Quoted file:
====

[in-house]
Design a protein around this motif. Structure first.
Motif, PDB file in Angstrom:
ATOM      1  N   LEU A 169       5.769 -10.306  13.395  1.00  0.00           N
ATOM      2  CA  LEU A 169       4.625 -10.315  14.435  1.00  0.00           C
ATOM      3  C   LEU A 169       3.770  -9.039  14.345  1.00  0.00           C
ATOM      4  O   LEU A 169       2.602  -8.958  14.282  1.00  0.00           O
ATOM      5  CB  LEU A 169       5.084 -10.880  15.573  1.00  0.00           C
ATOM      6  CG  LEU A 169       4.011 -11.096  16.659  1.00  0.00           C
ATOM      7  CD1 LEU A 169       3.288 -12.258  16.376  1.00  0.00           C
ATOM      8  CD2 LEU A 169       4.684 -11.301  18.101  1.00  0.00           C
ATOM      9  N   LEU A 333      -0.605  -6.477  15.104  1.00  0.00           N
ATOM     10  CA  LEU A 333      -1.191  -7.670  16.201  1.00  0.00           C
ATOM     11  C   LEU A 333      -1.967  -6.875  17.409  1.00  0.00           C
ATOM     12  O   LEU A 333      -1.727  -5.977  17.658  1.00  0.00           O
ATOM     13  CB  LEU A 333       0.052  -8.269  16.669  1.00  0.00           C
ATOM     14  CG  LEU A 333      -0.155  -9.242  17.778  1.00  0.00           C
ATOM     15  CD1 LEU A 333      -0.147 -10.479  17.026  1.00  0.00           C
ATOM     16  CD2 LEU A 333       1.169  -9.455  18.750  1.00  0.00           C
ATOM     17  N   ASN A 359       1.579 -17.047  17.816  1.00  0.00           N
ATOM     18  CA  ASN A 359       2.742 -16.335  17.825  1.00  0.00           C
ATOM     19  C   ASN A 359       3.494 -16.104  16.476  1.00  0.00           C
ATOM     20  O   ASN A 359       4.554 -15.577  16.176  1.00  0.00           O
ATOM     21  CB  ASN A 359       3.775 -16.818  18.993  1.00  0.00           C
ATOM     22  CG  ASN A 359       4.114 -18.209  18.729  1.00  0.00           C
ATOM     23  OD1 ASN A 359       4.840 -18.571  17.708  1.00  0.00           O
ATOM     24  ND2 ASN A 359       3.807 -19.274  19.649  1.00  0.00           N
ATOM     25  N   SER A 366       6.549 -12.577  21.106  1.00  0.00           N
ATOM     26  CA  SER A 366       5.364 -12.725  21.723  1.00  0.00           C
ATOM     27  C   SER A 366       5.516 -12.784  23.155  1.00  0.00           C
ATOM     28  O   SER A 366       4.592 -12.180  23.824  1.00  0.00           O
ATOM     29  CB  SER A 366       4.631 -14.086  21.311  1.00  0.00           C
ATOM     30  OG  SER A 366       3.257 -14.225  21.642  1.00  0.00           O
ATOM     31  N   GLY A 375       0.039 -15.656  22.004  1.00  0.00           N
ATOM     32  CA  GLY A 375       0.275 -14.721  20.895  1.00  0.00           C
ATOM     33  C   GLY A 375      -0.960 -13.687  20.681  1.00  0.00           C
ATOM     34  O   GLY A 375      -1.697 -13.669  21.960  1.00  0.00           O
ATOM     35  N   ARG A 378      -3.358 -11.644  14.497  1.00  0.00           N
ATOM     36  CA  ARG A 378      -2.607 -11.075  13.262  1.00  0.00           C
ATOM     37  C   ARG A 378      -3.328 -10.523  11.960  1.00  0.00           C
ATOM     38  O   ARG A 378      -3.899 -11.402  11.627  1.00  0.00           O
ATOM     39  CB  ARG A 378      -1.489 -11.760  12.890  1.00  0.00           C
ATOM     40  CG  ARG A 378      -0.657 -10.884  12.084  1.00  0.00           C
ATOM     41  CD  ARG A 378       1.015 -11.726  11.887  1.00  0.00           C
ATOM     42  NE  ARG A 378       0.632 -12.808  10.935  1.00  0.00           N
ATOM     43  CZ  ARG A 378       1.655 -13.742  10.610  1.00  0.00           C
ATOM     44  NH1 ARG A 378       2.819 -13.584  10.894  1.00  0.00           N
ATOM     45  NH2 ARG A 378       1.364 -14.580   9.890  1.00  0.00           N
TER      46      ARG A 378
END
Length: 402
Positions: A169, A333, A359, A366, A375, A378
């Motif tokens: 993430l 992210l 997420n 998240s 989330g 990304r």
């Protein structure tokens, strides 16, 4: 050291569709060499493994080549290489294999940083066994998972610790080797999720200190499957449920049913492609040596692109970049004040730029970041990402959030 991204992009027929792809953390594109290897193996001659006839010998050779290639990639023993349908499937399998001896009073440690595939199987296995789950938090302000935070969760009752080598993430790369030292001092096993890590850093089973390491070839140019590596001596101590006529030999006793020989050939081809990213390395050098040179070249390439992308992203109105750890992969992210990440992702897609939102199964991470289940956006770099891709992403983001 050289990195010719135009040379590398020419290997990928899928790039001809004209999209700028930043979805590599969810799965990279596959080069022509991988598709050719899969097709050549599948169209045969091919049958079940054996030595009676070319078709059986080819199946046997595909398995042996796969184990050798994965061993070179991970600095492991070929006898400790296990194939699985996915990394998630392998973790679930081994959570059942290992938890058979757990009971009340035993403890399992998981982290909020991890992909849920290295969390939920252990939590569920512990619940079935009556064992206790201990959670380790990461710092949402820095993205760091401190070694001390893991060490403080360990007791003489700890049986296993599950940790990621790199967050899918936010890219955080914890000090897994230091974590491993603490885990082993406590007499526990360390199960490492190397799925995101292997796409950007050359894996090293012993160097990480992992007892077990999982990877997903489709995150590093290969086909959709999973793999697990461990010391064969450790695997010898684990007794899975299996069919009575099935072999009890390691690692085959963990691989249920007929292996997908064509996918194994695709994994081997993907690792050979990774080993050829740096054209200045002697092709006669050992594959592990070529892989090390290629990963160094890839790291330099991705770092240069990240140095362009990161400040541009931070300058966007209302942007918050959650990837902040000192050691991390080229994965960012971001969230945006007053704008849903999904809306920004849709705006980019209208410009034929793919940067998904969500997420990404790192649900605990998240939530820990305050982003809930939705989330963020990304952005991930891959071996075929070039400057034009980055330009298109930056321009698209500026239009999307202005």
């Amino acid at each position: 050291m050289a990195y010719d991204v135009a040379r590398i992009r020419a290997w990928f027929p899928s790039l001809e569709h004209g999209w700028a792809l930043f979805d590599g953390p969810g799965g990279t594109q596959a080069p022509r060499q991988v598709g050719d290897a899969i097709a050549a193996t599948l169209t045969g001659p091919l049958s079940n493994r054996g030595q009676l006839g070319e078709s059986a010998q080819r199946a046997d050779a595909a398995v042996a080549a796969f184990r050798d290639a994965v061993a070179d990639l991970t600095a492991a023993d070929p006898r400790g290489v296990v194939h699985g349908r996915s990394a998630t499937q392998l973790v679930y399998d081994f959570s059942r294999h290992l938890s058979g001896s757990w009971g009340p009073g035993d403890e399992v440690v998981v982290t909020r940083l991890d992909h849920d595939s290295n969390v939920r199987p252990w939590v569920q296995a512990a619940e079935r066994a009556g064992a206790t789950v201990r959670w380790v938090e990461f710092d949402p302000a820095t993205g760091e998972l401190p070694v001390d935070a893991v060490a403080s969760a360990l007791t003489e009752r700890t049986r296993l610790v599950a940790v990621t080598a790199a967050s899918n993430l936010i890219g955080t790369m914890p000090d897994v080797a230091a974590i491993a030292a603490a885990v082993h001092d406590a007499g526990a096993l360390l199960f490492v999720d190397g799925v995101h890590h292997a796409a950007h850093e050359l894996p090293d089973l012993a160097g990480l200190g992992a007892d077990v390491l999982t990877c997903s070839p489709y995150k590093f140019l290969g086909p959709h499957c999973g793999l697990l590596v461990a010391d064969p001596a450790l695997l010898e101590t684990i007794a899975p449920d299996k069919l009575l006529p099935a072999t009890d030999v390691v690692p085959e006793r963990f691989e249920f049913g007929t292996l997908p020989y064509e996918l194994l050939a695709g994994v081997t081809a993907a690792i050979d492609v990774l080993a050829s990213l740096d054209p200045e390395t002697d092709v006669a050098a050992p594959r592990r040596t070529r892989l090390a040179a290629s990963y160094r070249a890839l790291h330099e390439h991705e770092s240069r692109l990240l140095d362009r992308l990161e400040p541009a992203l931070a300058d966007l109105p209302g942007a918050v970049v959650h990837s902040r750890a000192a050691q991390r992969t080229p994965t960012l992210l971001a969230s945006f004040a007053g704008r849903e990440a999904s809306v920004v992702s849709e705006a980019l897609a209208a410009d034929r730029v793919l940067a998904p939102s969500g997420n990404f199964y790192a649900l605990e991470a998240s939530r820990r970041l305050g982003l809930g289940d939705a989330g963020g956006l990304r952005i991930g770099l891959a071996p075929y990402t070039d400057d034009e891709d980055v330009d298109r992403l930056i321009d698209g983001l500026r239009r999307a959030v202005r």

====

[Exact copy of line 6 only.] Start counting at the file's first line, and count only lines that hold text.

ATOM      3  C   LEU A 169       3.770  -9.039  14.345  1.00  0.00           C